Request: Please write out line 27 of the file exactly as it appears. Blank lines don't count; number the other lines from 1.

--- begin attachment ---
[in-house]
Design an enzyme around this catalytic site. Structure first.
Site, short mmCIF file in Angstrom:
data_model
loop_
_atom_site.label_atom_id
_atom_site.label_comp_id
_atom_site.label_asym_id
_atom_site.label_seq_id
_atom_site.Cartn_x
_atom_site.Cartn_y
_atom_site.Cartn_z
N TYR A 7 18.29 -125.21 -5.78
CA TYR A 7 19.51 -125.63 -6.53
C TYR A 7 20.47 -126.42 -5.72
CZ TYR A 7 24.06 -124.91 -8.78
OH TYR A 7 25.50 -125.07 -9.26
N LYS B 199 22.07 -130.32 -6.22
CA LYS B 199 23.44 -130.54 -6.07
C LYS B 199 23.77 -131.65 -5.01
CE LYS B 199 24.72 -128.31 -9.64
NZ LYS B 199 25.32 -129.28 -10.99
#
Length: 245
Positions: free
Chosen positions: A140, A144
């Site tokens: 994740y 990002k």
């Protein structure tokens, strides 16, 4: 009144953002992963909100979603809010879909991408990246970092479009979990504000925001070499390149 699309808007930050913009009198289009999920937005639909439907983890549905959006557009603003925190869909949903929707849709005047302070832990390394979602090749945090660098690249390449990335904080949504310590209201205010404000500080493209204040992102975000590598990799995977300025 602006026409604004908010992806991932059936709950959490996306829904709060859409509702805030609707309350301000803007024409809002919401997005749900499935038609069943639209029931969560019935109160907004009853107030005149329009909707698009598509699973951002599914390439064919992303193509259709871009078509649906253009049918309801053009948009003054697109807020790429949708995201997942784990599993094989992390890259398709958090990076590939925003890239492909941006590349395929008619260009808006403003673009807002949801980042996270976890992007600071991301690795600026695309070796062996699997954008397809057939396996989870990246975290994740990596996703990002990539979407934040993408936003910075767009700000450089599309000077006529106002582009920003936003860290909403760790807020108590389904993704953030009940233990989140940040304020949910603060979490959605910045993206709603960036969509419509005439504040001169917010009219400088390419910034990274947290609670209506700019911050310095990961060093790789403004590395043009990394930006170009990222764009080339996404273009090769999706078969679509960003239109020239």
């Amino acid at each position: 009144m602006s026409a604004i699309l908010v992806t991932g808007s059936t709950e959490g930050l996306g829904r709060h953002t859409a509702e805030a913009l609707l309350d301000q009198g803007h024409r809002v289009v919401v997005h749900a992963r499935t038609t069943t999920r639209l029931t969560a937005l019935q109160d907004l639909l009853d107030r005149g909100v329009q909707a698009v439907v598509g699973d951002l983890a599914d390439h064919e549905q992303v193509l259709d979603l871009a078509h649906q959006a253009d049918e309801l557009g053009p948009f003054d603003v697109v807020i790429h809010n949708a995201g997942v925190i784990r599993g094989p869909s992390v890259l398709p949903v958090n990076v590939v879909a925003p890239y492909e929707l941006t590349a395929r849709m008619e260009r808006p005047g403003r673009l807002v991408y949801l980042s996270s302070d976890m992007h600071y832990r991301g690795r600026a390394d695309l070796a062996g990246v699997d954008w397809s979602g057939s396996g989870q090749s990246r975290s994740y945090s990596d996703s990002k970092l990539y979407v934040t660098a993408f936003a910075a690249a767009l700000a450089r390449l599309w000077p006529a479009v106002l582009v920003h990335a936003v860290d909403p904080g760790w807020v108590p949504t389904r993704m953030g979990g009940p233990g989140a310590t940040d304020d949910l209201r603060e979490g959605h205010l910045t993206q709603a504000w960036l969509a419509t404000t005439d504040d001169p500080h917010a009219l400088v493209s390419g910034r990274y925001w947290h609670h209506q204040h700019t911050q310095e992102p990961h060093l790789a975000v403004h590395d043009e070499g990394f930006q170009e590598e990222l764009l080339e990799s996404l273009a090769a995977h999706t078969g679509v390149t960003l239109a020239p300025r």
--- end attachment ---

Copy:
């Site tokens: 994740y 990002k």